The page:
I have an older dog. She acts like a mother hen around my other family pets. I've learned something from her. Whenever she is stressed out around the fighting cats, or the pit bull chasing a tennis ball, or the children running around playing tag....she stops, lays down, and breathes out with a huge sigh. She knows she can't do anything about it, so she stops in her tracks and releases that negative energy she has pent up.
There is something to be said about breathing out with a deep sigh. It relaxes your mind, your shoulders ease up, and you feel more comfortable physically.
So, having said all that, whatever it is that is concerning you at that moment, drop it and kick it over the goal line. You don't need to deal with it right now. Let it release from your mind so you can focus on your children without worrying about anything else that really has no business cluttering up your brain.
Tip #5 ~ Have confidence in your decisions.
This is a tough one. When a mom doesn't have confidence in her own decisions, how can she expect to be confident about other people taking care of her children?
Last week I saw a mother stand in line with her two children to register them for a summer activity. There was a field trip to the community pool. The mother almost changed her mind while at the sign-up table. She decided it would be too dangerous for her children to go to the pool without her supervision.
The supervisor tried to re-assure the mom that the pool workers were all life guards and trained to rescue. If a problem arose at the pool, the children would be in very capable hands.
The mother wasn't satisfied with this answer. Begging and pleading as if the children were being forced out of her care, she told the supervisor she just wasn't sure about sending her 10 and 8 year olds off to a terrible fate at a community pool without her by their side.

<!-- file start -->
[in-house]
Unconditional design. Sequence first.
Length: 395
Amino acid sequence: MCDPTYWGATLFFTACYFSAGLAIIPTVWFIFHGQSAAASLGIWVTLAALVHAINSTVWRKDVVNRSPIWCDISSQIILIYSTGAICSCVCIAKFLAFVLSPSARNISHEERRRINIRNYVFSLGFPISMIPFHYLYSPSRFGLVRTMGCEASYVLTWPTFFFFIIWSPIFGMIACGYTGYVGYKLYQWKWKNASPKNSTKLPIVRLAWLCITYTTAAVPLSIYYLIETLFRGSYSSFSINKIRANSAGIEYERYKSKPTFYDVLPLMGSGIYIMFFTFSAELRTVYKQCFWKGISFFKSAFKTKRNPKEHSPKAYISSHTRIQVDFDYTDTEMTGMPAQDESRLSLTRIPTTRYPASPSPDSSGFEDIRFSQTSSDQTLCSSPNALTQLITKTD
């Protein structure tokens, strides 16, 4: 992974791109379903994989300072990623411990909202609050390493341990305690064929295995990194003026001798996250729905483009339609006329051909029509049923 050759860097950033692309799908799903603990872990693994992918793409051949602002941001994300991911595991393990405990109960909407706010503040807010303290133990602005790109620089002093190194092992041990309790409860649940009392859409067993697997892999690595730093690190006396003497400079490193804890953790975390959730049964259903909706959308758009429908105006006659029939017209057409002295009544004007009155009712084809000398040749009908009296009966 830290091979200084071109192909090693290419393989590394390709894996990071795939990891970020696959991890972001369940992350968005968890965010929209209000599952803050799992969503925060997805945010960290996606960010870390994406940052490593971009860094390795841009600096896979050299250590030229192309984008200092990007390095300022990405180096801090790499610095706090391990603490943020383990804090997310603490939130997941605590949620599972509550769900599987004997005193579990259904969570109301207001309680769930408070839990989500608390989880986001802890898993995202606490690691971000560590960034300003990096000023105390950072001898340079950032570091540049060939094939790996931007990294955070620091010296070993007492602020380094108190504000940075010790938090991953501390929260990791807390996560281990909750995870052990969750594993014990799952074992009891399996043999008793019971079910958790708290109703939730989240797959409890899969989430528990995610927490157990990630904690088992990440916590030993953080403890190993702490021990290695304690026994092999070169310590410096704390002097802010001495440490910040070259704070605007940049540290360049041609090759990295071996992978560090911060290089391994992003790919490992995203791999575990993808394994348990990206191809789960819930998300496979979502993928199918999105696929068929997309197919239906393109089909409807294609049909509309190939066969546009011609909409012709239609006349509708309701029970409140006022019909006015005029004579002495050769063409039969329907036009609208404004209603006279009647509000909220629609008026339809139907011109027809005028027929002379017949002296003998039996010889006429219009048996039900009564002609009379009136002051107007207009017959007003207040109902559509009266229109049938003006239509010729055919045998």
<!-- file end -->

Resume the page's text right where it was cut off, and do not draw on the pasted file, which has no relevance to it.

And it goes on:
I got a good chuckle at that one (because her children were taller than the shallow end of the pool). We have excellent swimming instruction in our community. By age 6 months, I enrolled both of my children for the baby swim class. They were pros by age three.
My family goes to the beach a lot. My children are some of the youngest swimmers I've seen at the beach. Many children their ages do not know how to swim. They go up to the edge of the water and dip their toes. They build a sandcastle near the water line. They won't go in the water without mom and dad though.
So, one way of gaining confidence is by teaching your children something. Such as my example of swimming lessons.
Here is a true story you might find pretty funny. As a grown woman, I was planting a garden one year. My farmer grandfather pulls up in his old pick-up truck and starts telling me I have no idea what I'm doing. I didn't plant the corn in a sunny enough spot. The green beans need poles to grow up (even though I planted bush beans). It was a waste of time planting lettuce because he doubted I'd ever get much (we got a fresh salad out of the garden every night all summer). I finally got to the point where I meant no disrespect, but I simply stated, "I had the best teacher. How could I go wrong when you taught me everything I know?"